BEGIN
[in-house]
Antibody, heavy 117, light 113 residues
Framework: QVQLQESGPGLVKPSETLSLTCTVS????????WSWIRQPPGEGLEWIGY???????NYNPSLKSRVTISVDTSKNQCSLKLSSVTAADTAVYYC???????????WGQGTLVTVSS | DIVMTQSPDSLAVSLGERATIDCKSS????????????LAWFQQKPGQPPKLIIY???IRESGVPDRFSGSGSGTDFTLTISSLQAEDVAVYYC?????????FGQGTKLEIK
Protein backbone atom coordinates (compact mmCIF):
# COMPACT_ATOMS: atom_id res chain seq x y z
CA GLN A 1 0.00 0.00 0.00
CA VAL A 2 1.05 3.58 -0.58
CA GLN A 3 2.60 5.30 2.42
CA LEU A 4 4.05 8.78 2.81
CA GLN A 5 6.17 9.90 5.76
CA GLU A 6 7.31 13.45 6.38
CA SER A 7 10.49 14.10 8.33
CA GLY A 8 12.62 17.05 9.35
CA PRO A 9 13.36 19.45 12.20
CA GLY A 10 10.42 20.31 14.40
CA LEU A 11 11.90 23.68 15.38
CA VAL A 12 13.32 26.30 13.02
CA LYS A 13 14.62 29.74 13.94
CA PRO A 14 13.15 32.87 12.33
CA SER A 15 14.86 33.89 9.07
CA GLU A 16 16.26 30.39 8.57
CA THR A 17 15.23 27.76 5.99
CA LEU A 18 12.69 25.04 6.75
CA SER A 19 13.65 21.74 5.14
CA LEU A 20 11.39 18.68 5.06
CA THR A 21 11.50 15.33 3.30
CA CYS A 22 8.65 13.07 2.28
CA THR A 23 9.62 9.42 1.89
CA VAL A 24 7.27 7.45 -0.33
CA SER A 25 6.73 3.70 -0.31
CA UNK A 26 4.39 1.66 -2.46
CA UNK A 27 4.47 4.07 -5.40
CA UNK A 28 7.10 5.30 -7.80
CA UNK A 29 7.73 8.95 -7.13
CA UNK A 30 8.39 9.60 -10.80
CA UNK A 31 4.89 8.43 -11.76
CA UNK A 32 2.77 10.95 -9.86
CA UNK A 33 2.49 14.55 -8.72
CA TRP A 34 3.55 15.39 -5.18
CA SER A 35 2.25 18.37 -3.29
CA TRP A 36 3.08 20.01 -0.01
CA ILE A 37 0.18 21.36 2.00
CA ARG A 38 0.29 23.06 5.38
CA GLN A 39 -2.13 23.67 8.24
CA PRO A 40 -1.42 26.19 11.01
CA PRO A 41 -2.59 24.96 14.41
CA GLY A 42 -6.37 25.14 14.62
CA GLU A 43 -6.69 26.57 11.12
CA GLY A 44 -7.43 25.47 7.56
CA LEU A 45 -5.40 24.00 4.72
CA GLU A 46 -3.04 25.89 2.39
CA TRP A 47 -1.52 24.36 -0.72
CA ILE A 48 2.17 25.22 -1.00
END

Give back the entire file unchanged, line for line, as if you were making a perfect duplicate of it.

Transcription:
[in-house]
Antibody, heavy 117, light 113 residues
Framework: QVQLQESGPGLVKPSETLSLTCTVS????????WSWIRQPPGEGLEWIGY???????NYNPSLKSRVTISVDTSKNQCSLKLSSVTAADTAVYYC???????????WGQGTLVTVSS | DIVMTQSPDSLAVSLGERATIDCKSS????????????LAWFQQKPGQPPKLIIY???IRESGVPDRFSGSGSGTDFTLTISSLQAEDVAVYYC?????????FGQGTKLEIK
Protein backbone atom coordinates (compact mmCIF):
# COMPACT_ATOMS: atom_id res chain seq x y z
CA GLN A 1 0.00 0.00 0.00
CA VAL A 2 1.05 3.58 -0.58
CA GLN A 3 2.60 5.30 2.42
CA LEU A 4 4.05 8.78 2.81
CA GLN A 5 6.17 9.90 5.76
CA GLU A 6 7.31 13.45 6.38
CA SER A 7 10.49 14.10 8.33
CA GLY A 8 12.62 17.05 9.35
CA PRO A 9 13.36 19.45 12.20
CA GLY A 10 10.42 20.31 14.40
CA LEU A 11 11.90 23.68 15.38
CA VAL A 12 13.32 26.30 13.02
CA LYS A 13 14.62 29.74 13.94
CA PRO A 14 13.15 32.87 12.33
CA SER A 15 14.86 33.89 9.07
CA GLU A 16 16.26 30.39 8.57
CA THR A 17 15.23 27.76 5.99
CA LEU A 18 12.69 25.04 6.75
CA SER A 19 13.65 21.74 5.14
CA LEU A 20 11.39 18.68 5.06
CA THR A 21 11.50 15.33 3.30
CA CYS A 22 8.65 13.07 2.28
CA THR A 23 9.62 9.42 1.89
CA VAL A 24 7.27 7.45 -0.33
CA SER A 25 6.73 3.70 -0.31
CA UNK A 26 4.39 1.66 -2.46
CA UNK A 27 4.47 4.07 -5.40
CA UNK A 28 7.10 5.30 -7.80
CA UNK A 29 7.73 8.95 -7.13
CA UNK A 30 8.39 9.60 -10.80
CA UNK A 31 4.89 8.43 -11.76
CA UNK A 32 2.77 10.95 -9.86
CA UNK A 33 2.49 14.55 -8.72
CA TRP A 34 3.55 15.39 -5.18
CA SER A 35 2.25 18.37 -3.29
CA TRP A 36 3.08 20.01 -0.01
CA ILE A 37 0.18 21.36 2.00
CA ARG A 38 0.29 23.06 5.38
CA GLN A 39 -2.13 23.67 8.24
CA PRO A 40 -1.42 26.19 11.01
CA PRO A 41 -2.59 24.96 14.41
CA GLY A 42 -6.37 25.14 14.62
CA GLU A 43 -6.69 26.57 11.12
CA GLY A 44 -7.43 25.47 7.56
CA LEU A 45 -5.40 24.00 4.72
CA GLU A 46 -3.04 25.89 2.39
CA TRP A 47 -1.52 24.36 -0.72
CA ILE A 48 2.17 25.22 -1.00